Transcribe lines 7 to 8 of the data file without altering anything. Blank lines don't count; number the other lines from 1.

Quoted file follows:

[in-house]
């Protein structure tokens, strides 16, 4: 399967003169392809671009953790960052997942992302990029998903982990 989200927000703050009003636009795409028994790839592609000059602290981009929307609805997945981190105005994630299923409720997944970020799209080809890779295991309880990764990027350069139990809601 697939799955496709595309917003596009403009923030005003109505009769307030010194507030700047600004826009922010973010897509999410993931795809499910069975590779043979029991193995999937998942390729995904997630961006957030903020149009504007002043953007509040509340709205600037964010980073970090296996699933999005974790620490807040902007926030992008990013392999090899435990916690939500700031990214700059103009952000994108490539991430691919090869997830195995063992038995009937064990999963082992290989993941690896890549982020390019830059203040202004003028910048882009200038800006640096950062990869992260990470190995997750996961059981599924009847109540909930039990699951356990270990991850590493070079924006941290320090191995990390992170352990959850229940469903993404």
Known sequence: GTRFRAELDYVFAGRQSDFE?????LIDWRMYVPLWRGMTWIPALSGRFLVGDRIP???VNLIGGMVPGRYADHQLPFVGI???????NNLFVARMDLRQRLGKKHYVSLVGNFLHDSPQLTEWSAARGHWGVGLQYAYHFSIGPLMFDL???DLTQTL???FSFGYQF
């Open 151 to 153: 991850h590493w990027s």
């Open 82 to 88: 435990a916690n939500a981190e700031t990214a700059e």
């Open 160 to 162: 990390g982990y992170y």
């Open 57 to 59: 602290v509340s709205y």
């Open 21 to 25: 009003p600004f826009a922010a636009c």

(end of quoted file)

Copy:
């Open 57 to 59: 602290v509340s709205y």
């Open 21 to 25: 009003p600004f826009a922010a636009c």